General discussion

Fake 'Microsoft' calls: You're Infected or being hacked!

Hello all,
I'm sure most of you are familiar with the fake 'we're calling you from Microsoft' only to be told your computer is infected and affecting the internet. Wow, what a statement. Or they say there is someone hacking your computer, blah blah blah.
The goal is for them to let you into your computer so that they can either infect your system and then charge you for 'cleaning' it up or to change the log in procedure and lock you out of your computer unless you pay (hostage).
My question: Is there a way to back track them? Maybe back hack them? Allow them into a 'safe environment' (maybe VM?) and do the work against them simultaneously?
Yeah, sure I understand the American Legal system but I still want to know.
The goal would be to help expose them more than just a incoming false phone call. Story is that these false people transfer the 'victim' thru several "tech's" before getting to the person who will actually hack the victim in doing so each person has a script that helps keep them 'legal'. Yeah right.
So let me know what you think, can they be traced, back hacked or identified?

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Comments
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Those fake MS calls are annonying

The question is getting back at them worth your time? Since this scam started, people have been messing with these scammers.

Here is person who goes through the whole process and get their IP address and Paypal accounts:
https://securelist.com/blog/incidents/33734/trying-to-unmask-the-fake-microsoft-support-scammers-17/

Here is person who uses a VM:
http://www.howtogeek.com/180514/the-%E2%80%9Ctech-support%E2%80%9D-scammers-called-htg-so-we-had-fun-with-them/

This is an interesting article:
http://www.makeuseof.com/tag/just-hang-shouldnt-taunt-fake-tech-support-scammers/

I'd personally just wouldn't bother, not worth my time and energy. I just do my best to spread to the word to friends and family who are likely to believe it.

Cheers,
-Lee

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Annoying fake MS calls

Hi Lee
Thanks for the info.
I agree, "is it worth my time?", needs to be asked. I would say that it isn't about productivity but about having some fun.
I do educate my 'people', friends and family about how to identify hacks and what their goal is to keep them safe. I am hoping to host a free Axiom (workshop) class to educate others about the different common computer scams.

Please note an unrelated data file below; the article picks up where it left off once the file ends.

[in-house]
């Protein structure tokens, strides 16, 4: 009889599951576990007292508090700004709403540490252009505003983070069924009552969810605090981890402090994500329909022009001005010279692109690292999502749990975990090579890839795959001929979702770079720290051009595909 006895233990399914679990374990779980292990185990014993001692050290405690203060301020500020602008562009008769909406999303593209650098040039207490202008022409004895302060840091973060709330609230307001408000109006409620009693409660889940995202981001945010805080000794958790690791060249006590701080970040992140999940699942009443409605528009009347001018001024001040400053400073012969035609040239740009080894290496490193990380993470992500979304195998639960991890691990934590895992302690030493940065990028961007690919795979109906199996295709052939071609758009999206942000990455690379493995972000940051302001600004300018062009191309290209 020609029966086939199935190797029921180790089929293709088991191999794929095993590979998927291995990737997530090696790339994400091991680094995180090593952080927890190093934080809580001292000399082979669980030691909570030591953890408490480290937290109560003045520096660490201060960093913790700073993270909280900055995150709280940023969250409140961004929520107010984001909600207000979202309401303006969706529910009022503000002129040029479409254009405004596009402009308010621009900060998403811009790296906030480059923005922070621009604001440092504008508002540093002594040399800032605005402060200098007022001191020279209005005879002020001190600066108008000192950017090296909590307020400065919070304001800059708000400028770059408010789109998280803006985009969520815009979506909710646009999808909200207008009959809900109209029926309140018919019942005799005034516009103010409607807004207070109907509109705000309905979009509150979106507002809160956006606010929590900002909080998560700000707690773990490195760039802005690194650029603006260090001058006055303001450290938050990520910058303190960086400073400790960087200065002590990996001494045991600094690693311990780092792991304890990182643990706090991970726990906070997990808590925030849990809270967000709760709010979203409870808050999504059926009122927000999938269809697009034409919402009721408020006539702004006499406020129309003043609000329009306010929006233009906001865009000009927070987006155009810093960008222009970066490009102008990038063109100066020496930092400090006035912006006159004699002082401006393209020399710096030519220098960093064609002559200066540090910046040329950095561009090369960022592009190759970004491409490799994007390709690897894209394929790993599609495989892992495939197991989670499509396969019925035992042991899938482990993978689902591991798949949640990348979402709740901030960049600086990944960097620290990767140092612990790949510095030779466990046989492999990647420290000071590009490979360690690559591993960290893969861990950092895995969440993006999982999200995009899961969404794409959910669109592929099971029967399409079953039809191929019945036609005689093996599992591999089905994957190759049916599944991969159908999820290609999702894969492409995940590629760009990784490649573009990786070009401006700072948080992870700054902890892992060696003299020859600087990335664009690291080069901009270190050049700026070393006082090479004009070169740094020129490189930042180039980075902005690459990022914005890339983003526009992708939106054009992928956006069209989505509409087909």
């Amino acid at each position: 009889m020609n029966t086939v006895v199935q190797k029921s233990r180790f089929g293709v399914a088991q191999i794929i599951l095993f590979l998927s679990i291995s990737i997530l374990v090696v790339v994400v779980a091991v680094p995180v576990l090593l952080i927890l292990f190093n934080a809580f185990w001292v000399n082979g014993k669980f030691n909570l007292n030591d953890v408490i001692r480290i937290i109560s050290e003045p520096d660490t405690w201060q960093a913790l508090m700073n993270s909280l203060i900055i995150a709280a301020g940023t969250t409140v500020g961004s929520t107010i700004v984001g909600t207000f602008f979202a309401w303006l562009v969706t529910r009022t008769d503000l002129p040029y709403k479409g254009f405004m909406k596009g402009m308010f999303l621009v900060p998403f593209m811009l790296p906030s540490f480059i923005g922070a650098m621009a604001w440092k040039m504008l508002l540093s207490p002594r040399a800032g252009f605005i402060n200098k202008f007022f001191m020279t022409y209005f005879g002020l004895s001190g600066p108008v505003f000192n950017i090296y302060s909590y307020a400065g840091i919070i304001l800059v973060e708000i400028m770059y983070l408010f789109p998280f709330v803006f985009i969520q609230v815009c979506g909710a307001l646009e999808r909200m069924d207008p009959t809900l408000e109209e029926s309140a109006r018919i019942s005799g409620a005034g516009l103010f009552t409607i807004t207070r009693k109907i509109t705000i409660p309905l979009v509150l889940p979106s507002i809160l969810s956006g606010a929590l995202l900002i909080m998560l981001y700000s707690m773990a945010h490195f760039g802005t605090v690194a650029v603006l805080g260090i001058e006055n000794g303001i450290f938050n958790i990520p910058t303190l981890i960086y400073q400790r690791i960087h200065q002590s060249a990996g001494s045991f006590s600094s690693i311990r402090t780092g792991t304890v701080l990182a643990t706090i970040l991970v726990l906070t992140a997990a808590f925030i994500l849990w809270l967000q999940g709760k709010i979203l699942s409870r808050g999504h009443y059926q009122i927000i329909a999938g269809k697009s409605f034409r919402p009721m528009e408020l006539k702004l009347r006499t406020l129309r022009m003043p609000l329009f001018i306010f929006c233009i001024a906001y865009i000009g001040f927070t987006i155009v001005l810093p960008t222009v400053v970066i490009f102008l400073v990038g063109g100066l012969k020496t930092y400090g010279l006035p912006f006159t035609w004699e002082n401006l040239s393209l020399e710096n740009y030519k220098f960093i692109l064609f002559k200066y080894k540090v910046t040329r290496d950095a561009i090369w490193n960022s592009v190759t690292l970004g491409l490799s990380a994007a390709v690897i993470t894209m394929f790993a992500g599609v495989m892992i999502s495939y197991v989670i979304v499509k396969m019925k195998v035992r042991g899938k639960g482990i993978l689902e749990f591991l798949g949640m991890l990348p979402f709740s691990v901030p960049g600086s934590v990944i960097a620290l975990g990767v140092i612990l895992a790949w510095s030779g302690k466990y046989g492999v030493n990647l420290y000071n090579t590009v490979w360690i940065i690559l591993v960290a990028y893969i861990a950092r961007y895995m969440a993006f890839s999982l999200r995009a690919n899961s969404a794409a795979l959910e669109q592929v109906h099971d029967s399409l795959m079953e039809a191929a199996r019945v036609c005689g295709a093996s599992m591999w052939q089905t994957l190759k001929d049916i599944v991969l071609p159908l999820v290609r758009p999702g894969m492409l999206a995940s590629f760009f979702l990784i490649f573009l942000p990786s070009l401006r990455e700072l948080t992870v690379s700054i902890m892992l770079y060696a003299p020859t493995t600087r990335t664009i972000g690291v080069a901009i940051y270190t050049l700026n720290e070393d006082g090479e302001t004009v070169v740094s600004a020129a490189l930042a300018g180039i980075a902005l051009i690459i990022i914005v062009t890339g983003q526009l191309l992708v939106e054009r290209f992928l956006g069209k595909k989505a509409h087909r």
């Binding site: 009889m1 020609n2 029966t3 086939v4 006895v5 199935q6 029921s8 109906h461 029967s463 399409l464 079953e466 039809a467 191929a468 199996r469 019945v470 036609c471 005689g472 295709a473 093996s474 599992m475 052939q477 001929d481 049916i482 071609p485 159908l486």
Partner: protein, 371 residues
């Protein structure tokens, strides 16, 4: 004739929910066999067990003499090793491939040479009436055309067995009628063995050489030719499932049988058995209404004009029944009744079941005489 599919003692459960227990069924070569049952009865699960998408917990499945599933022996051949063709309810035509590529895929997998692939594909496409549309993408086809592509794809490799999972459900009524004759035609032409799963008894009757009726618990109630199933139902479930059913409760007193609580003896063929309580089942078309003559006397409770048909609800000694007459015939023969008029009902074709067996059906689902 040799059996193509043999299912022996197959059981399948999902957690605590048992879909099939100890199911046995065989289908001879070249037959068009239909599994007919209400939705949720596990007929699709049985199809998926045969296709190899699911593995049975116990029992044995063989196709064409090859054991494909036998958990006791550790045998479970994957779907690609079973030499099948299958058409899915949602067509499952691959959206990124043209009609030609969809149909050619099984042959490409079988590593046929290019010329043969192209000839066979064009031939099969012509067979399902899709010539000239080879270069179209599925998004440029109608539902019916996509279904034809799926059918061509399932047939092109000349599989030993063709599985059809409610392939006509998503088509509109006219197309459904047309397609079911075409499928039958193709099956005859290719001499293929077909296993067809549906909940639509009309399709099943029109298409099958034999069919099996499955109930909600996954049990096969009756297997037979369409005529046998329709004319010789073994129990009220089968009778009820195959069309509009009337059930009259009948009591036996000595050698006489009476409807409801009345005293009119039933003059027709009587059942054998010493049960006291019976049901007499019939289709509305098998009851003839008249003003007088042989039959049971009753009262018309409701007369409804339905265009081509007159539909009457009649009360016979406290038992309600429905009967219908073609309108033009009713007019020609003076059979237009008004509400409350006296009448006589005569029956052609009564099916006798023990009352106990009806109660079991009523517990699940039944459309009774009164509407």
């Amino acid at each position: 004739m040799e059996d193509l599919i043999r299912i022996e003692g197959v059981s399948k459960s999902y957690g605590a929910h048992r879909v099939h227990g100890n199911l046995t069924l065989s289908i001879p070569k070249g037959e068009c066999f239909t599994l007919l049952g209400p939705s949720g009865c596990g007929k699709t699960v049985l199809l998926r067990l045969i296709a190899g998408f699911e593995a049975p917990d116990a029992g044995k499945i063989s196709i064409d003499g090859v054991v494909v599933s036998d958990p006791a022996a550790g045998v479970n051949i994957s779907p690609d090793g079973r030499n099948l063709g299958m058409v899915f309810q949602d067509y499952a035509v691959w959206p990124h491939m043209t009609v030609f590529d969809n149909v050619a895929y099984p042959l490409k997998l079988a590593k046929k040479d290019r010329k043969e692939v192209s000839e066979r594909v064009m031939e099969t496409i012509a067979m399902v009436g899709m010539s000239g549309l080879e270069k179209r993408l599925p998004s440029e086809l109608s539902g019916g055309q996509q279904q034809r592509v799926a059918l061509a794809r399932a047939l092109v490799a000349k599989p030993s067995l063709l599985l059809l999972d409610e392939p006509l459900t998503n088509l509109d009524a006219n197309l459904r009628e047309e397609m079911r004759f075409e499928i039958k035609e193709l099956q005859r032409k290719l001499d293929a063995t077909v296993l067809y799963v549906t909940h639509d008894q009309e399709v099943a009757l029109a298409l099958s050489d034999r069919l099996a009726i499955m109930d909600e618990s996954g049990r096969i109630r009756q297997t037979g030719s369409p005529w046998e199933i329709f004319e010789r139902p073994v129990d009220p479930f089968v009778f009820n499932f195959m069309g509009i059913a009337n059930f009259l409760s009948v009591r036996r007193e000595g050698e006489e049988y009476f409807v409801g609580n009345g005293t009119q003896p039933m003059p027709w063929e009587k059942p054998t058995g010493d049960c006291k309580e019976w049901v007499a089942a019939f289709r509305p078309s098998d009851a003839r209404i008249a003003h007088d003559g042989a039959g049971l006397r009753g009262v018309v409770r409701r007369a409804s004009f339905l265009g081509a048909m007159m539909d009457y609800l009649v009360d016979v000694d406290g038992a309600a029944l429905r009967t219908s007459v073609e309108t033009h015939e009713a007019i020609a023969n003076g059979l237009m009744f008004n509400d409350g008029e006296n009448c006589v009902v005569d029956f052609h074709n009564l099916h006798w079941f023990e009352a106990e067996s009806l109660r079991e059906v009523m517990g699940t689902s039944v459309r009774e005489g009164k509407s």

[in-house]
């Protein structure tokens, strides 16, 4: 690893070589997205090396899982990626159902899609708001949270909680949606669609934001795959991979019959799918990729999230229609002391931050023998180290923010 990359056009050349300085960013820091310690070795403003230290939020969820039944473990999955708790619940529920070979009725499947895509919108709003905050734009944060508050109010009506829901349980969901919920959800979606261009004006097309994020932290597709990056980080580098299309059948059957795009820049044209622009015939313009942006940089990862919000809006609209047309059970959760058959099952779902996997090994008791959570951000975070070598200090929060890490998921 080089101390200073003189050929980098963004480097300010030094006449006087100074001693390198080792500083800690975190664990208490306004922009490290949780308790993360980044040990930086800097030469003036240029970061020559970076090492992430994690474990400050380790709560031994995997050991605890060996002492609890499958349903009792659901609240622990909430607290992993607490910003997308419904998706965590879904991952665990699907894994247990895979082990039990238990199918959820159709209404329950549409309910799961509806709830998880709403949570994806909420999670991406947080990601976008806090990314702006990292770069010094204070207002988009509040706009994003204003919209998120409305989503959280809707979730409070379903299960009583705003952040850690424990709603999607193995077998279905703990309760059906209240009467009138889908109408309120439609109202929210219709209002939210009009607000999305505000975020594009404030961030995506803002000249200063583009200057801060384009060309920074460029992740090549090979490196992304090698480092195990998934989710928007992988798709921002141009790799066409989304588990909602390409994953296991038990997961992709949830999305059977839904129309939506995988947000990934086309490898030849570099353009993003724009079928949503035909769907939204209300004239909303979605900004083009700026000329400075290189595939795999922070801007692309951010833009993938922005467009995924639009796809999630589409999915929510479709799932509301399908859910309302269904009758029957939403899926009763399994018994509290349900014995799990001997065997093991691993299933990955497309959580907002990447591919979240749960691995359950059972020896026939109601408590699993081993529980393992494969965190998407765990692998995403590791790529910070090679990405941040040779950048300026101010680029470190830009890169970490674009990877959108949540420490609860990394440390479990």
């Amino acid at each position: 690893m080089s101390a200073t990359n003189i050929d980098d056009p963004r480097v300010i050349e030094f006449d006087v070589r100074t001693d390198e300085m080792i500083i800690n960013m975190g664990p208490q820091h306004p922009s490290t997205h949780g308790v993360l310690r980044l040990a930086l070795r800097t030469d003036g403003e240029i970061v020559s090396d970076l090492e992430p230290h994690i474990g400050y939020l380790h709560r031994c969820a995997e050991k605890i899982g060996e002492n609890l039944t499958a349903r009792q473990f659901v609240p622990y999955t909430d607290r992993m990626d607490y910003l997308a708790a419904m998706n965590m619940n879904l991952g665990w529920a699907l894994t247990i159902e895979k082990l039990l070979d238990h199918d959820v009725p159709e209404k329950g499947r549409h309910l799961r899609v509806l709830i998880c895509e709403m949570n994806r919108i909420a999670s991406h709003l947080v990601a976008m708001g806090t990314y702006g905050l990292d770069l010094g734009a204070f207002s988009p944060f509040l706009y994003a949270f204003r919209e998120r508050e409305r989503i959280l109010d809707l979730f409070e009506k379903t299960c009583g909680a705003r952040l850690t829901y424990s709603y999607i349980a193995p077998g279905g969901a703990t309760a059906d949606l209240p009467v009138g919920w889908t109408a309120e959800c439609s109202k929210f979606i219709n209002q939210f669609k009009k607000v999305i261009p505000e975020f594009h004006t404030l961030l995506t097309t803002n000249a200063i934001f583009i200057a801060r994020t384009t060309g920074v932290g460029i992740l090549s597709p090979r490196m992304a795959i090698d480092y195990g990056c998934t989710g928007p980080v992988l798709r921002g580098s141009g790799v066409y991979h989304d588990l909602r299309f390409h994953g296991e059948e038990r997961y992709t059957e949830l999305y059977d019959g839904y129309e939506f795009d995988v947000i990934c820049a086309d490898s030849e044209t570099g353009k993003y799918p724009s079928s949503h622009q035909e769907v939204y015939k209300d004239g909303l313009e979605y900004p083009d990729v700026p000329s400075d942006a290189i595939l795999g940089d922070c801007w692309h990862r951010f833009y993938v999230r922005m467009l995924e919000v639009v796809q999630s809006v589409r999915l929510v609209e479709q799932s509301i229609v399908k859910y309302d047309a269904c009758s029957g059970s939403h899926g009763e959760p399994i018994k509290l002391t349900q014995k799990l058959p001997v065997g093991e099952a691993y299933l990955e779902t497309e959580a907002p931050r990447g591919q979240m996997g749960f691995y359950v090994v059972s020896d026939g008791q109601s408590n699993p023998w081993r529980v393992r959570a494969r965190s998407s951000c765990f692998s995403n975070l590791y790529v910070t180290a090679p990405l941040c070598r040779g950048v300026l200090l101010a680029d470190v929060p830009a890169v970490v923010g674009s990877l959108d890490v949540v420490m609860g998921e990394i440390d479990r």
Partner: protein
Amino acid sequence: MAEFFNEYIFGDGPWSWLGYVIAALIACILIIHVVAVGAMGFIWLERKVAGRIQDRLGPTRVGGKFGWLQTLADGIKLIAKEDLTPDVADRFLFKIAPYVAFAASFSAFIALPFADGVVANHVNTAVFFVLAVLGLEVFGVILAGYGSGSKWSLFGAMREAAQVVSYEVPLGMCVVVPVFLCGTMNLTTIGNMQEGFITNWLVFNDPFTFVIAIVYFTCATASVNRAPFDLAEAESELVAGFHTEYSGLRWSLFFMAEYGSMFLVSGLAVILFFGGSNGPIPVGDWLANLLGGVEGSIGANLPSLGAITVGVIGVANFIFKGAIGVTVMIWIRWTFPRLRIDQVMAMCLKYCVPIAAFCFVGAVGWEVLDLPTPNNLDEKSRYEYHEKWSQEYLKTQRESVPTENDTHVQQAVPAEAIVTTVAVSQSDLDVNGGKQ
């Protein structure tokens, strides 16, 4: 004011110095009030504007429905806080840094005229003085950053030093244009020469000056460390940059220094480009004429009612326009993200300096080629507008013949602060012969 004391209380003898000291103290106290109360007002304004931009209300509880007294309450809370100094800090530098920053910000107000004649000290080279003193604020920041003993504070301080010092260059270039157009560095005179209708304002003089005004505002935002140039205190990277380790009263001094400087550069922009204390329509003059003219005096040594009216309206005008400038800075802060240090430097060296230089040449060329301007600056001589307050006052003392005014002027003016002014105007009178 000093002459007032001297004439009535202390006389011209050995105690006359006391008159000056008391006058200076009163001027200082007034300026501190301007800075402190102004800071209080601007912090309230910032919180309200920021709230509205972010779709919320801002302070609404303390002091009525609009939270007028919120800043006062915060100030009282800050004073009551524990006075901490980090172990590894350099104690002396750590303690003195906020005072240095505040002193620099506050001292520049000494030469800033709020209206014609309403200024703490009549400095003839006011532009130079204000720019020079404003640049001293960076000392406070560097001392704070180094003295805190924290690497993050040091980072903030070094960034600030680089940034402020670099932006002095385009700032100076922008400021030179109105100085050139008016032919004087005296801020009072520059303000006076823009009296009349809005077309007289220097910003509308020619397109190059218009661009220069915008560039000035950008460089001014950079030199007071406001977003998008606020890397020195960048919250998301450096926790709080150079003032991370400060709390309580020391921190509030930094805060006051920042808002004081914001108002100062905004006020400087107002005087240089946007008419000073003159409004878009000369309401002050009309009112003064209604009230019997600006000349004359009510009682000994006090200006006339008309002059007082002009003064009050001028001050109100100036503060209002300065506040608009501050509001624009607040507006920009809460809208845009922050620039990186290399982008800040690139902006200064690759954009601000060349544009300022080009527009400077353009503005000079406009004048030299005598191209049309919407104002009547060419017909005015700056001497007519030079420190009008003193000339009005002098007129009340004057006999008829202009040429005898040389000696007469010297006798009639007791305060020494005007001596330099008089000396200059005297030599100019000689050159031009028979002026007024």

P2
EyeCanFixThat

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Have fun!
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Fake Microsoft Calls

I tell them their number has been turned into the FBI and they have wire tapped your phone. It Stopped.

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Not worth making any great effort

Often they are overseas or on obfuscated links. NEVER give them any credentials to your computer though, even VMs.

No reason not to have a bit of fun, though. e.g.

"That sounds serious, can you put me through to your Linux/Mac"/zOS expert, to help resolve it please?

I.m actually working on a security contract for a government agency that I'm not permitted to name. All my calls, in and out, are tracked and recorded. Are you sure you wish to continue this conversation?

We also get these scams from "Telstra" (the primary communications company here in Australia). All fake, of course. The claim is usually that my computer is affecting others on the network and that they need remote access to it to fix it or they will "disconnect my internet". My favourite response is "That's very serious indeed but since other users are affected, the problem obviously lies in your server, since I can't see beyond that. Fortunately, I have 50 years experience in the IT industry (true!), so if you'd like to give me the remote logon credentials to your server, I can log on to it and fix it for you."

All these responses result in a hanu-up click!

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I like to play with them and take up their time.

I am a retired network engineer and security specialist, and I love to toy with these guys and consume as much of their time as I can get them to give me, both to delay their next attempt to infect somebody else's machine and just for my own amusement.

I first express surprise and alarm, and ask them which of my computers is infected. They usually reply something like "Your Windows PC," but I inform them that I have several and need more information. I then ask them for the IP address of the infected machine.

Sometimes they hang up at this point, but sometimes they reveal a rudimentary knowledge of home networks and give me a response of "192.168.0.(X)" which is the default network used by most home routers (I do not use the defaults, but no matter).

Then I again express horror and tell them that it is an older machine that takes some time to boot up. They wait and wait (while I'm sitting in front of my TV) and I give them periodic progress reports to keep them hooked.

Then I ask them what they want me to do. Again I behave like a befuddled home BDU, and go through several machinations unsuccesssfully "striving" to follow their instructions. Sometimes they just give up, and sometimes they get quite violently profane, but other times they show extraordinary patience and I even locked one of them up for two hours one lengthy afternoon before I gave him an earful that included several uses of the phrase, "Death to hackers!" and a considerable amount of more colorful language.

(By the way, in case you are not an old timer from the era in which the acronym was current among computer support staff personnel, "BDU" means "Brain Dead User.")

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